Kolb's model of learning includes reflection in the cycle (Tight, 2002, p.106). This is a four-stage feedback loop which involves concrete experience, observation and reflection, the formation of abstract concepts and theories, and the testing of these theories which then links back to experience. Reflection within this cycle is a critical component and without it, there would be no chance to form theories based on experience. This learning cycle has been criticised and other learning models have been developed which are sometimes preferred, however it is generally agreed that all learning requires an element of reflection.

Light, Calkins and Cox (2009, p.22) use a social constructivist approach as a framework for their description of the reflective professional. Social constructivism refers to the view that knowledge is constructed, we are born with cognitive potential on which knowledge is built by social interactions, language and other symbol systems. Although there is variation in theory among social constructivists, it is generally agreed that knowledge of the world is gained by our experiences of the world, our interactions with it and that we therefore invent our own reality. This theory refers to the implicit knowledge that children acquire as they grow up, and adults continue to acquire throughout the lifespan, not necessarily to knowledge that is formally taught. However, it can also be understood in terms of reflective practice in that if we are aware of this social construction then we may be able to reflect on the assumptions that are made during this process, as there are times that the knowledge we acquire may be erroneous due to misunderstandings, or that we have seen a situation through the lens of our own values and judgements.

Professionalism as a Concept

'Professionalism' as a concept is debated and means different things to different people, with teacher professionalism tending to focus on school teachers. The concept of a profession is a socially constructed and contested concept (Robson, 2006, p.7). Robson traces the history of the analysis of traits which were considered to define occupations as professions in comparison to other occupations (Robson, 2006, pp.7-9). The key features of a professional are autonomy, responsibility and specialist knowledge. However, the idea that the occupation possesses fixed, definable concepts which make it a profession is unhelpful and lacks credibility. Robson discusses whether this is a case of an attempt to create an 'in-group', to maintain a false distinction between one group and another, and enhance the status of the professional as opposed to other workers.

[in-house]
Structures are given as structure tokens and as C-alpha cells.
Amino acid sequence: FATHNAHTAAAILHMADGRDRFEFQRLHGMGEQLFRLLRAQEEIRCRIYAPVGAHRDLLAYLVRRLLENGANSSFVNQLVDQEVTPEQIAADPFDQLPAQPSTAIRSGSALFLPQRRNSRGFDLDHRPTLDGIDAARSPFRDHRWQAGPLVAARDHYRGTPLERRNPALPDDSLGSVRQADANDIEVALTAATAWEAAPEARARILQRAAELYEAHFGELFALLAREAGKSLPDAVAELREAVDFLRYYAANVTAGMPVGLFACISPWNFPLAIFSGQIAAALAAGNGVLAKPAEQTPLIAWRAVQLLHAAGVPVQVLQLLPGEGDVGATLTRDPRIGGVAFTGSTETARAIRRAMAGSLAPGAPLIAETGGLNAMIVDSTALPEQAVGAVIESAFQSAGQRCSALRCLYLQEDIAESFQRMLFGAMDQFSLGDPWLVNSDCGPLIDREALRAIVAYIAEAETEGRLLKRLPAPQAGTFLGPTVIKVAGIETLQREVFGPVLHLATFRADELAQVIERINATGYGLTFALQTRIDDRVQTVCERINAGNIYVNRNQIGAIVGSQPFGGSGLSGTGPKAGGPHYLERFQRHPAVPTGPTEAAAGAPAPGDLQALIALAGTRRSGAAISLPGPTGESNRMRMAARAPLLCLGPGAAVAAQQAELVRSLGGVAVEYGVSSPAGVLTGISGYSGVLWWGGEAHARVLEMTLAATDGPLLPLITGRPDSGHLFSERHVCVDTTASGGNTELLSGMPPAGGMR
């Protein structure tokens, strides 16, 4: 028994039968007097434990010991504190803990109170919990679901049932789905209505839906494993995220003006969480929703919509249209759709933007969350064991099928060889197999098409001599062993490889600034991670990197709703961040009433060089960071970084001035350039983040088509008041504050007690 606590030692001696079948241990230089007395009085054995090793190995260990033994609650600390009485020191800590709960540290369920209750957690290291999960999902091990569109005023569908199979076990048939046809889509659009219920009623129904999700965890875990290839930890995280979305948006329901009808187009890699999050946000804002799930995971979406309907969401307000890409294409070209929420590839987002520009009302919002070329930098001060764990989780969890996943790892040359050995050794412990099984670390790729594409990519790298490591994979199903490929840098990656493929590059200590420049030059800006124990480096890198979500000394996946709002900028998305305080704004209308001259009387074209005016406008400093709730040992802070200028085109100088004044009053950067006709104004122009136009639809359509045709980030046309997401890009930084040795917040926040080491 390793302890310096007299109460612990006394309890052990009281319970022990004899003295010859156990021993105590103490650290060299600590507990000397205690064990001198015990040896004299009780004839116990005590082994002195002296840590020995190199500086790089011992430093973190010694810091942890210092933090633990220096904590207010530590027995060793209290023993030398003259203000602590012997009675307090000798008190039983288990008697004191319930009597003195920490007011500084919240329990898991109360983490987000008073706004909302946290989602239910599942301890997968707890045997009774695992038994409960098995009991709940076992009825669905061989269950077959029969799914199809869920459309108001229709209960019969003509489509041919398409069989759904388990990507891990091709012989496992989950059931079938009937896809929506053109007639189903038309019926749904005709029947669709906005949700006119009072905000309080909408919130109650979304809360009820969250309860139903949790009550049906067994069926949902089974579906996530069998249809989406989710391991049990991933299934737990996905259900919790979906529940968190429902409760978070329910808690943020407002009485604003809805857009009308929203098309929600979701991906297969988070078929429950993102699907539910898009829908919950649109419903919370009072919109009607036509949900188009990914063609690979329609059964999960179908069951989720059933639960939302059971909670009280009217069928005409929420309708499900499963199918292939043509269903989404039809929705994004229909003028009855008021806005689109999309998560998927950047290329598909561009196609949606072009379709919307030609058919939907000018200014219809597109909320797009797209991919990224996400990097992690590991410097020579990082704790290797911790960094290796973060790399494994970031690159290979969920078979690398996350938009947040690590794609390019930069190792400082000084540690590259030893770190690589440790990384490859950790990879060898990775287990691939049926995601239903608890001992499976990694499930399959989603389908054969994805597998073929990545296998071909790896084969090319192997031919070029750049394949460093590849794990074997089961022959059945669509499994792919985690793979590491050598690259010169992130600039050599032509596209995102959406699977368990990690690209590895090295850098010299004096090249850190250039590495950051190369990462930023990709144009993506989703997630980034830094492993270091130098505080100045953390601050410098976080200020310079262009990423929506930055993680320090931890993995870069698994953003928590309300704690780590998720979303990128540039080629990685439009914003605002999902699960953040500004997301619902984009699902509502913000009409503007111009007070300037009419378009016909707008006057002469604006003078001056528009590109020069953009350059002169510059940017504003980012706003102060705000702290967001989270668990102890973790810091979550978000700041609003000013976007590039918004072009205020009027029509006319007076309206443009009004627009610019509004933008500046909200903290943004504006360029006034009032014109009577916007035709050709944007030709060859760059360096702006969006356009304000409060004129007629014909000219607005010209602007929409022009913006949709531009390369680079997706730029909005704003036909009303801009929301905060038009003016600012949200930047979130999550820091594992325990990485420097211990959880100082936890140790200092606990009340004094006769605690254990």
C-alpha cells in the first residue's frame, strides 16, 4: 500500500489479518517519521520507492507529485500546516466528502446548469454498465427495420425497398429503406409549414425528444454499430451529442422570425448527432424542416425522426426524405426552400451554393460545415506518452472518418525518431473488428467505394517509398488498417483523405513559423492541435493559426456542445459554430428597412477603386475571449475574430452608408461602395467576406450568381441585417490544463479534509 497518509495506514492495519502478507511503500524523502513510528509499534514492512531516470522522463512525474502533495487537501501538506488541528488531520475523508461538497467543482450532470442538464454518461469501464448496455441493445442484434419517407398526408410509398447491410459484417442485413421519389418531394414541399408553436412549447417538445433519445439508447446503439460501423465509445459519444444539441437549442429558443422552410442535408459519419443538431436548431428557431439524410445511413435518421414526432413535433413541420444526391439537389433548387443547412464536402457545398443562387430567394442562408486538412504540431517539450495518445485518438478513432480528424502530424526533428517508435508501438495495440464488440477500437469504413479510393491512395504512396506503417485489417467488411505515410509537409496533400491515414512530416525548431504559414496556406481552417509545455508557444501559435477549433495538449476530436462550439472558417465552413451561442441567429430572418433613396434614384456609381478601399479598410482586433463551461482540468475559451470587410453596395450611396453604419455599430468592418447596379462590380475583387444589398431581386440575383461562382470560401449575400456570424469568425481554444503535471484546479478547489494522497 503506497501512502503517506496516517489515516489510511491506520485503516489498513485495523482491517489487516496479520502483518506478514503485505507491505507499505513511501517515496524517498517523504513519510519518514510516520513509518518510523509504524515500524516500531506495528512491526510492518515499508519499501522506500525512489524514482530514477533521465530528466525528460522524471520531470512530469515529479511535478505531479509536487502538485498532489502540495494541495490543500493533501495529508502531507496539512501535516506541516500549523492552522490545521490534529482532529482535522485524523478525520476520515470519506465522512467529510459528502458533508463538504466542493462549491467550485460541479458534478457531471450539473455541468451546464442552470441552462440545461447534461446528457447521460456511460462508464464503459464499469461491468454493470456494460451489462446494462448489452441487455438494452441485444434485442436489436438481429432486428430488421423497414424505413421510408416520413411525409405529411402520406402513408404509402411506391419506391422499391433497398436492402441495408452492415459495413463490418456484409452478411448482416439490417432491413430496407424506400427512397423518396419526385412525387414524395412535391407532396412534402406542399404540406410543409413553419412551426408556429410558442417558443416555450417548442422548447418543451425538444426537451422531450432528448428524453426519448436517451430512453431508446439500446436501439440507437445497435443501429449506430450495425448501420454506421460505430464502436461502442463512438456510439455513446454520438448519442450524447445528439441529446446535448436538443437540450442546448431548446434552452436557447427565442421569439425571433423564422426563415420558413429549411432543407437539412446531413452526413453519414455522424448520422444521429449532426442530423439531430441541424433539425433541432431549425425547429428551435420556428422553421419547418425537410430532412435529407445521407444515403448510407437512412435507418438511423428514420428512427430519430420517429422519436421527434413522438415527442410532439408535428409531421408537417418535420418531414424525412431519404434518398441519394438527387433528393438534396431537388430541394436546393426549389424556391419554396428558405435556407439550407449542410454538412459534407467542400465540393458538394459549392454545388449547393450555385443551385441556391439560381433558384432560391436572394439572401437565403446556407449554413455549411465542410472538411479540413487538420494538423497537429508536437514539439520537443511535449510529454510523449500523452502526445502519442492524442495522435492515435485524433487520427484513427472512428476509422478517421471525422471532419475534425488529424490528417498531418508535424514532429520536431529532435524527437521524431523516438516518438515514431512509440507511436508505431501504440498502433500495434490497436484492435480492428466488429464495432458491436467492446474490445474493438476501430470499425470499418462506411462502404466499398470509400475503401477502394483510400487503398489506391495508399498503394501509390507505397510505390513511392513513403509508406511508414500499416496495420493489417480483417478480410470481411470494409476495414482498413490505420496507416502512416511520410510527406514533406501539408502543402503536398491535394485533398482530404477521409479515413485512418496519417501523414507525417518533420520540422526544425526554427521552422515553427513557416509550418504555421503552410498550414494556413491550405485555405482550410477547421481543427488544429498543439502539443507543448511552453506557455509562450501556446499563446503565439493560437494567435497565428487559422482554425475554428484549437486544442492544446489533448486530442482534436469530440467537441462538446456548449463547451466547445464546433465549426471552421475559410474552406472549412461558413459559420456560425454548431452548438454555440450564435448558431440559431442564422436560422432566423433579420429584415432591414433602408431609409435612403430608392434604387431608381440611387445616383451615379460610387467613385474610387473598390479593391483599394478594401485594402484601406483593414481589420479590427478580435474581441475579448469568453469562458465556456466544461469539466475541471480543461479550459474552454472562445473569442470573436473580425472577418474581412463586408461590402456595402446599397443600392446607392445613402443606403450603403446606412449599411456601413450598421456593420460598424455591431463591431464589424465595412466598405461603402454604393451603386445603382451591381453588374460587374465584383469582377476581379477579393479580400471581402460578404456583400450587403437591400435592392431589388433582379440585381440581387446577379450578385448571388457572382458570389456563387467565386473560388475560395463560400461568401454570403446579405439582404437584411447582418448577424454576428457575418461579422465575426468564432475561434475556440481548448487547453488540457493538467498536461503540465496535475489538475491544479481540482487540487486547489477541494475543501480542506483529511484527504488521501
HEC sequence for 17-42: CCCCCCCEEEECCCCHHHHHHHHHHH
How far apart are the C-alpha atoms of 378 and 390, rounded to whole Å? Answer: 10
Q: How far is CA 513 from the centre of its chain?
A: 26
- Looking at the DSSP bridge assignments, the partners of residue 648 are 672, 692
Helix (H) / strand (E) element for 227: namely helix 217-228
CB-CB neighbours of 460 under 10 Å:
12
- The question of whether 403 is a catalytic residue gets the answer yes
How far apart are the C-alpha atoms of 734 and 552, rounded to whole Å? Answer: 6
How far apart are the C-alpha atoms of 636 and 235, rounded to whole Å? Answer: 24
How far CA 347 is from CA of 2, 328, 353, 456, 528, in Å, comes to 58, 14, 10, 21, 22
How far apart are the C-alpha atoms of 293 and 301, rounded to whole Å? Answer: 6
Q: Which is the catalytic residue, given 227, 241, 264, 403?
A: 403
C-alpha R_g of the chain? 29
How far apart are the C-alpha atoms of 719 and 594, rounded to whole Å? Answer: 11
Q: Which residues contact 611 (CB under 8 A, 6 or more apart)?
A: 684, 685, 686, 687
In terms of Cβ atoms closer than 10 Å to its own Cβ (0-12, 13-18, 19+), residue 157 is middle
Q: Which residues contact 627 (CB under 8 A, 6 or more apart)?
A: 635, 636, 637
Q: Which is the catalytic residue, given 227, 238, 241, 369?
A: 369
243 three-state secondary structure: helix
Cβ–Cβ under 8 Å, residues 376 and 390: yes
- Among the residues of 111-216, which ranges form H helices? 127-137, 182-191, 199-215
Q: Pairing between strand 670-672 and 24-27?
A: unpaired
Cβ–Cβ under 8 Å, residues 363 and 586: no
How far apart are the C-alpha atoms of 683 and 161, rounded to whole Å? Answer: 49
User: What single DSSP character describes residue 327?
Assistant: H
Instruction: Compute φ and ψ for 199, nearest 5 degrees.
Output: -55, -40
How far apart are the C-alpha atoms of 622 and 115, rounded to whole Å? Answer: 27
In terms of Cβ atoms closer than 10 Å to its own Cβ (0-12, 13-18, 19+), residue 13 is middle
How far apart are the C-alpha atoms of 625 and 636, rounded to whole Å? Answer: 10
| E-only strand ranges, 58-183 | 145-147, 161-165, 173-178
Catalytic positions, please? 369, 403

Teacher professionalism can be seen as an effort on the part of teachers to raise their professional status, and also to develop a 'science' of teaching (Labaree, 2006, p.127). Hayes (2003, pp.90-92) traces the rise of professionalism and managerialism in education through the Conservative party stripping away socialism from society and leaving nothing in its place, to New Labour's emphasis on risk management. In many health, social and educational professions, recent decades have seen a raising of the profile, enhancing the status and skill level and the development of hierarchical management.

Medicine was used as the model for teaching (Labaree, 2006, p.128) with the ideas of internships as the professional development tool so that teacher education became analogous to a teaching hospital. Senior doctors train junior doctors in medicine and there is a hierarchical process by which the professional can progress through their profession. Teaching has in recent years developed along the same lines, according to Labaree. More teachers now are encouraged to study for a Masters level qualification, and to study while on the job. These higher level qualifications are necessary before the teacher can progress into a higher status and higher paid position such as head of department. Within higher education, there is often an expectation that lecturers will have or be studying for a PhD and the outputs of lecturers in terms of research and academic publications are monitored, so that it is quite rare in some subjects to find a lecturer who only teaches and is not undertaking research activities.

Continuing Professional Development (CPD) is a concept which has arisen over the past few decades, and is especially relevant in professions where the client group is subject to change and new practices and methods of working are regularly introduced, such as nursing, social work and teaching. The practitioner must continue to study and learn, especially with regard evidence based practice - that is, work practices that are based solely on research evidence to demonstrate their efficacy. Within professions that support evidence based practice, it is necessary to keep abreast with current research evidence. It is no longer acceptable for a person to attend college as a younger person and then enter a profession with the expectation that no further study will be required or undertaken. In many professions, the practitioner must regularly update their skills and demonstrate the ability to perform to a certain standard, and these fall under CPD.

Harrison (2004, p.175) discusses the metaphor of learning as a journey, and while this helps people to understand the process it might restrict some understandings as it portrays the process of learning as a linear progression. This metaphor ignores the interactive process between teacher and learner in that the teacher is very often learning alongside their students, and the process of teaching/learning is less a journey and more an exchange or dialogue. It also creates or reflects an assumption that there is an end point - the culmination of the journey - at which point the learner has ceased learning and has 'arrived'. It is no longer standard practice to believe that the learning period has finished once the school or college time is over. We now talk about lifelong learning and the learning curve. There will be times in a person's life where they are learning intensively and times when their learning is more of a gradual process, but there is never a time in the professional life when learning ceases.